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Re: [libvirt] [RFC][PATCH]: Secure migration



Daniel Veillard wrote:
> On Mon, Mar 16, 2009 at 04:26:58PM +0100, Chris Lalancette wrote:
>> All,
>>      Attached is a *very* rough first draft of the secure migration code I'm
>> working on.  This is in no way ready for merge.  That being said, this
>> demonstrates the basic idea that I'm pursuing, and I've actually been able to
>> perform a KVM secure live migrate using this.  Before I go and finish polishing
>> it up, though, I wanted to make sure there wasn't anything fundamentally wrong
>> with the approach.  So, in that vein, comments are appreciated.
> 
>> diff --git a/qemud/remote_protocol.h b/qemud/remote_protocol.h
>> index 75def5e..d97a18b 100644
>> --- a/qemud/remote_protocol.h
>> +++ b/qemud/remote_protocol.h
>> @@ -41,6 +41,8 @@ typedef remote_nonnull_string *remote_string;
>>  #define REMOTE_SECURITY_MODEL_MAX VIR_SECURITY_MODEL_BUFLEN
>>  #define REMOTE_SECURITY_LABEL_MAX VIR_SECURITY_LABEL_BUFLEN
>>  #define REMOTE_SECURITY_DOI_MAX VIR_SECURITY_DOI_BUFLEN
>> +#define REMOTE_CONNECT_SECURE_MIGRATION_DATA_MAX 65536
>> +#define REMOTE_CONNECT_SECURE_MIGRATION_COOKIE_MAX 65536
>>  
>>  typedef char remote_uuid[VIR_UUID_BUFLEN];
>>  
> 
>   Okay I have tried to think again about this, from the code fragment
> before and discussions on IRC while performances are tolerable, there
> is a lot of costs related to the 64KB chunking imposed by the XML-RPC.

Just so others are clear on what this means:

After doing a little bugfixing on the version of the code I posted, I did some
performance measurements with a guest using 3.4GB of memory.  A standard
migration, direct qemu->qemu, took somewhere between 30 seconds and a minute to
complete this.  The encrypted version took anywhere between 1 minute and 3
minutes to complete the migration, a slowdown of between 1.5 and 3 times.  I'll
have to do some more testing to get more solid numbers.

>   It is probably acceptable for a class of users who really want
> encryption of their data but I would like to make sure we don't close
> the door for a possibly more performant implementation.

Yes, that's a good point.

>   Trying to reopen a bit the discussion we had before on opening a
> separate encrypted connection, this would have a number of potential
> improvements over the XML-RPC:
>    - no chunking, far less context-switching (it would be good to know
>      how much of excess time spent in the secure migration is data
>      encoding, how much is overall system burden)

Well, as DanB points out later, there is still chunking, but we get rid of the
RPC overhead of a reply to every packet.

>   My main concern is keeping a port open in the firewall for the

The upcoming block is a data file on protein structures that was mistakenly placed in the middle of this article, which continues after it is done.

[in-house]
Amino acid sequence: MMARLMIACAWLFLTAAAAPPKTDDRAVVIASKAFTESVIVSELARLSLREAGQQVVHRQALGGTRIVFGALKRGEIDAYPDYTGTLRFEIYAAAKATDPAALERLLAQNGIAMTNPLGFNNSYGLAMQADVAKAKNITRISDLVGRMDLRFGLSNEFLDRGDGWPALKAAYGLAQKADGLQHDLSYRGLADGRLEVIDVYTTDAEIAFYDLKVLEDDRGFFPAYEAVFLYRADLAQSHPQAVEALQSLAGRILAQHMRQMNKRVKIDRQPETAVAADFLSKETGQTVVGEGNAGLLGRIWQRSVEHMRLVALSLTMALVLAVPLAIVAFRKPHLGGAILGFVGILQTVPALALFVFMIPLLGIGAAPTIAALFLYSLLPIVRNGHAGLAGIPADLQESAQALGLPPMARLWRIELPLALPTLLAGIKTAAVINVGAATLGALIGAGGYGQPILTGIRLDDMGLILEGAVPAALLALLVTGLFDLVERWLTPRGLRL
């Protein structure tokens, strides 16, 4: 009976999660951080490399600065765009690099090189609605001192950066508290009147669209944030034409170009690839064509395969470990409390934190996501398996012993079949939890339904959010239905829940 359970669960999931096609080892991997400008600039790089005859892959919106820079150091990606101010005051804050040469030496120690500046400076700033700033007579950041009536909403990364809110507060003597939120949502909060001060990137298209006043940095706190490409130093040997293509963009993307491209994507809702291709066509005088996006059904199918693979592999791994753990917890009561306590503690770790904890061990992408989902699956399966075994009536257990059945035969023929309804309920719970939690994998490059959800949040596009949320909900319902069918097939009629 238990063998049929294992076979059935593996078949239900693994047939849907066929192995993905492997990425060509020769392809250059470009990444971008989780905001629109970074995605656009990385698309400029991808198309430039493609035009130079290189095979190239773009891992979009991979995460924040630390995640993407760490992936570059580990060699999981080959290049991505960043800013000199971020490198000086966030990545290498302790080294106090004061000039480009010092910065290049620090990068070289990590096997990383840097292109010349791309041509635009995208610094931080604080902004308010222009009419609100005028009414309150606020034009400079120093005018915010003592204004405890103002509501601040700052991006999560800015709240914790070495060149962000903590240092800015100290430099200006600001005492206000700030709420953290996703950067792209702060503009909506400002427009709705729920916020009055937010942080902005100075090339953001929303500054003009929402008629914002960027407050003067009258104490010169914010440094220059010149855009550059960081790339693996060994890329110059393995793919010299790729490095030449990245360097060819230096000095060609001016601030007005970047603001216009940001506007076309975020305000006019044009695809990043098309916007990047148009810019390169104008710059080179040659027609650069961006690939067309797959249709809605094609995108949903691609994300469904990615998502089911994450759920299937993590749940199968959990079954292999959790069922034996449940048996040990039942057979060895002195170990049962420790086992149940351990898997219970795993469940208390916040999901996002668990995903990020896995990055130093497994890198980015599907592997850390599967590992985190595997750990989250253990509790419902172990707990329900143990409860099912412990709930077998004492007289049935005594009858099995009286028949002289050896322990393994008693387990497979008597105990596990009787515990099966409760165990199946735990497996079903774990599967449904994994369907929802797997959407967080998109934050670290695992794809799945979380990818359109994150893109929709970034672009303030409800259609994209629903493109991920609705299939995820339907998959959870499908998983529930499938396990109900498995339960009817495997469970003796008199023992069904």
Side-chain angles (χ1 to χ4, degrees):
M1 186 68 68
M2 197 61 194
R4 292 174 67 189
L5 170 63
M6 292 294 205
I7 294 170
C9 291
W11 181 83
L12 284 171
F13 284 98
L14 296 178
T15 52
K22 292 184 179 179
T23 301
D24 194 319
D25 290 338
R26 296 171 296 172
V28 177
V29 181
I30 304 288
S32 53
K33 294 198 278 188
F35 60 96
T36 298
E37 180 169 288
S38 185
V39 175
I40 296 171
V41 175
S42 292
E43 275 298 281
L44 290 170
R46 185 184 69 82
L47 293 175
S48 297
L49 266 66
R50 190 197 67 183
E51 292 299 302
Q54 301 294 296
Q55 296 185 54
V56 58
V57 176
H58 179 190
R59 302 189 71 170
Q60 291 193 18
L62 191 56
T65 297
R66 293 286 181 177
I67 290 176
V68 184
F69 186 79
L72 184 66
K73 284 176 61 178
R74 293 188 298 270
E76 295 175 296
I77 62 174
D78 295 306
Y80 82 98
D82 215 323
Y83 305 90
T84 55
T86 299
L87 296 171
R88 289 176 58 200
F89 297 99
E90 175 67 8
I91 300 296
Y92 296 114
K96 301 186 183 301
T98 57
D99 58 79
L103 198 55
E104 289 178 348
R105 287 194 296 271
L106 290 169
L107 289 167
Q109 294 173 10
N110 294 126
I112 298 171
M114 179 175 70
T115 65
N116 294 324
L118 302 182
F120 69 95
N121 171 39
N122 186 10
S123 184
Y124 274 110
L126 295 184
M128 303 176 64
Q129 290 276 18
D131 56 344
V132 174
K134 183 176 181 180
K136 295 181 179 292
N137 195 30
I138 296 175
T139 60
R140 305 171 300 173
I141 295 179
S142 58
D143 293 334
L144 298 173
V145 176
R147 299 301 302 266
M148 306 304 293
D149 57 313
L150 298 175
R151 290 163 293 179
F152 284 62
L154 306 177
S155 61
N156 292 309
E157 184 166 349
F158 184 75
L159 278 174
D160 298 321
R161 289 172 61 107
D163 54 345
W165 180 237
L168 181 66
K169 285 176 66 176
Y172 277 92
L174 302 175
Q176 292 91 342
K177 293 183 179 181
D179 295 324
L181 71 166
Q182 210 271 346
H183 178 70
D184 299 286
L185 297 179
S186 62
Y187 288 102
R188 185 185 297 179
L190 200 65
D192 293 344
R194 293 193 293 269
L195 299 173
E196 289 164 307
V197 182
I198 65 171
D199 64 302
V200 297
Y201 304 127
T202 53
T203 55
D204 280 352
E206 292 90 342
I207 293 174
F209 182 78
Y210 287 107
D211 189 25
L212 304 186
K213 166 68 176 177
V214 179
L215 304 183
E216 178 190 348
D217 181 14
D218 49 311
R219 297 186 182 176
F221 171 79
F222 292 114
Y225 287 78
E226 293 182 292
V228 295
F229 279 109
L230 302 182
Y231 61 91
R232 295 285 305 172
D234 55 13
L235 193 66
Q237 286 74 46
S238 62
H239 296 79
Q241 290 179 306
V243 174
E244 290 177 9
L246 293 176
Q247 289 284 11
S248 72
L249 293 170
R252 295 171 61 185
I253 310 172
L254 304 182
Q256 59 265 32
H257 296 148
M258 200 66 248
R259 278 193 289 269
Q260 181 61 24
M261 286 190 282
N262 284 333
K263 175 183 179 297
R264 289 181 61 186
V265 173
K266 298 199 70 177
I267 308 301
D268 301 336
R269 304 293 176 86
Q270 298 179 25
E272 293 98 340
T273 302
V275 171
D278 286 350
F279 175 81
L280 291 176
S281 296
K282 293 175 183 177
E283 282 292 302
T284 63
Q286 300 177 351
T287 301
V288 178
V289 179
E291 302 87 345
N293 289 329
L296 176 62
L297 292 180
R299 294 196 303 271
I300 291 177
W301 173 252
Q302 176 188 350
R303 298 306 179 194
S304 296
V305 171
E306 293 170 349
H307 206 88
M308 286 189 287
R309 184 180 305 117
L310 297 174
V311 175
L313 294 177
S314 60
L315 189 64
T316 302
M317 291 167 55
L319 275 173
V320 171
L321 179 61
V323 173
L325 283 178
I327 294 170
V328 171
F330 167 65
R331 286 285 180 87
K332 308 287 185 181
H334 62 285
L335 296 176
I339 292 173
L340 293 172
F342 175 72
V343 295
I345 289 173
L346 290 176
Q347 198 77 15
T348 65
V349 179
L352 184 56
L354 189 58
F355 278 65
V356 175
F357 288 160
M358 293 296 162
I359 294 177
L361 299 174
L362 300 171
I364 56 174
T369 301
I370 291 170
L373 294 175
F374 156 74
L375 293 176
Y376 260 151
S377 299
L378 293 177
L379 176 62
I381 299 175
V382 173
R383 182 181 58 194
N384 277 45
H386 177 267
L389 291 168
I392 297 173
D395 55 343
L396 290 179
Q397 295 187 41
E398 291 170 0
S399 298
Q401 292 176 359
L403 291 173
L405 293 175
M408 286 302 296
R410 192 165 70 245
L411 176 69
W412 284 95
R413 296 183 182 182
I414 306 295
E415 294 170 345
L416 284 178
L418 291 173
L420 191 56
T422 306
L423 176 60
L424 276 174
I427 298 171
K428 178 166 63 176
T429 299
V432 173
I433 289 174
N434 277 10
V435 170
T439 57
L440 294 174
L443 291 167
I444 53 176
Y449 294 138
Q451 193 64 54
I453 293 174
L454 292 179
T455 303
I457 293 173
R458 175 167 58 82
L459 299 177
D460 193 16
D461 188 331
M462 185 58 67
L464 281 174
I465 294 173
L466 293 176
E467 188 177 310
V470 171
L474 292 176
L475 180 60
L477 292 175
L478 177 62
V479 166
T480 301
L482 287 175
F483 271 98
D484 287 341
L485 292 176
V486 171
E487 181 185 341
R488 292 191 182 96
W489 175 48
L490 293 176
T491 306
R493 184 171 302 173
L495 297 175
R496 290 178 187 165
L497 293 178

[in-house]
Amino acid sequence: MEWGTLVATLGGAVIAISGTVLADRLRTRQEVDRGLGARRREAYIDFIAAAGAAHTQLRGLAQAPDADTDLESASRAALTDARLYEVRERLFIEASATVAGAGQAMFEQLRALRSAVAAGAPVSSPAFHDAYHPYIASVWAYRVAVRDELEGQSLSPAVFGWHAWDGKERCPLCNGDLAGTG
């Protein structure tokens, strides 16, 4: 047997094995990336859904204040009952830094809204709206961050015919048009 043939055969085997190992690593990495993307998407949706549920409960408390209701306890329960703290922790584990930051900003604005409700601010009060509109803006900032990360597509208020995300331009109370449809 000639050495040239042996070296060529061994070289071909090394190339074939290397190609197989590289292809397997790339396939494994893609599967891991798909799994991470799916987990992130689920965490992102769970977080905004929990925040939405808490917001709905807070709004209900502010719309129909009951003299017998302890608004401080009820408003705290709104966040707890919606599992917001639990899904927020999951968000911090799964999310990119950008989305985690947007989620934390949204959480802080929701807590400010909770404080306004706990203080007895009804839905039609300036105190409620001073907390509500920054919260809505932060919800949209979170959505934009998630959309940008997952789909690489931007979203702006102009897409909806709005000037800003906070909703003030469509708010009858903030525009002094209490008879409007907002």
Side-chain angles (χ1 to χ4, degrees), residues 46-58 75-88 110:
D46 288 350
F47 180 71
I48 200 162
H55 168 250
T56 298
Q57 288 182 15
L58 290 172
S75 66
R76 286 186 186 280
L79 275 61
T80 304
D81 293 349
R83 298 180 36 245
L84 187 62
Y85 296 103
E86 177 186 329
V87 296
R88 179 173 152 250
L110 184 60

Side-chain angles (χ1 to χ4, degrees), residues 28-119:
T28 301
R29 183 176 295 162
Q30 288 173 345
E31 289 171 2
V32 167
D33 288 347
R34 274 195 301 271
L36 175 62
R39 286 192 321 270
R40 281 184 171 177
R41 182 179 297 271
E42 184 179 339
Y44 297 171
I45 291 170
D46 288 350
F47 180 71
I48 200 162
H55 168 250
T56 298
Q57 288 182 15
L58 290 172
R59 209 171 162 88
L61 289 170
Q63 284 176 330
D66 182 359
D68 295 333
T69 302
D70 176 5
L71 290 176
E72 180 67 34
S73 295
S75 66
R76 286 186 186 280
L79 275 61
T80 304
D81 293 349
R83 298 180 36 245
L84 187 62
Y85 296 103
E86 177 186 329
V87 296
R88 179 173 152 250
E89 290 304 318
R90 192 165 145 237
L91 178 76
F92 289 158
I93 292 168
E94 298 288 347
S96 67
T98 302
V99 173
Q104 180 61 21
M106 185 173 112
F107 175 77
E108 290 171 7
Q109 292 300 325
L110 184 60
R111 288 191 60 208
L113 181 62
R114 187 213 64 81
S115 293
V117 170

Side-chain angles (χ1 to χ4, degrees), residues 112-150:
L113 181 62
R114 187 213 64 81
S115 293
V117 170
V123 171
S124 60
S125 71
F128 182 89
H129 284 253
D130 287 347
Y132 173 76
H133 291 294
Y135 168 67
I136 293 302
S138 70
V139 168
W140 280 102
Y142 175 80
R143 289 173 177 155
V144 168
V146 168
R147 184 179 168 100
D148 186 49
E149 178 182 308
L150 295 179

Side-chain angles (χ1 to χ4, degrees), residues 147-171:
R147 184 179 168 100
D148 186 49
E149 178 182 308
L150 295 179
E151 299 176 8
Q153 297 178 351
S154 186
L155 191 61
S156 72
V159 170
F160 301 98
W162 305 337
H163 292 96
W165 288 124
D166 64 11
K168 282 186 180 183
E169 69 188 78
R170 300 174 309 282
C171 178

> incoming connection of the encrypted data, and I wonder if it's really
> necessary, basically since the receiver and the sender can both
> communicate already via the XML-RPC maybe something like STUN (for UDP)
> where both end open simultaneously a new connection to the other side
> might work, and that can be coordinated via the XML-RPC (passing the new
> port opened etc). The point being that usually firewall block only
> incoming connections to non-registered port but outcoming connections
> are allowed to go, I have no idea if this can be made to work though.
>   In general I would like to make sure we have room in the initial phase
> to add such a negociation where an optimal solution may be attempted,
> possibly falling back to a normal XML-RPC solution like this.
> Basically, make sure we can try to be as efficient as possible, and
> allow the protocol to evolve, but fallback to XML-RPC encapsulation
> if that initial round fails.

I'm not so sure I agree with this.  If we have a reasonably generic solution, I
think the admin would prefer to know up-front that the most performant solution
is misconfigured somehow, rather than libvirt silently falling back to a less
optimal solution.  I think we should work on finding a solution that provides
the encryption and has reasonably good performance, and just stick with one
solution.

What I'm going to do early next week is do some additional work to try to get
DanB's suggestion of the STREAM_DATA RPC working.  Then I'll try benchmarking
(both for duration, and CPU usage):

1)  Original, unencrypted migration as a baseline
2)  Direct TLS->TLS stream migration; this requires a new port in the firewall,
but will be another good data point, and I already have the code for this
sitting around
3)  The solution I posted here
4)  The STREAM_DATA solution

Assuming I can get some stable numbers out of those tests, it should at least
give us the information we need to make a good decision.

-- 
Chris Lalancette


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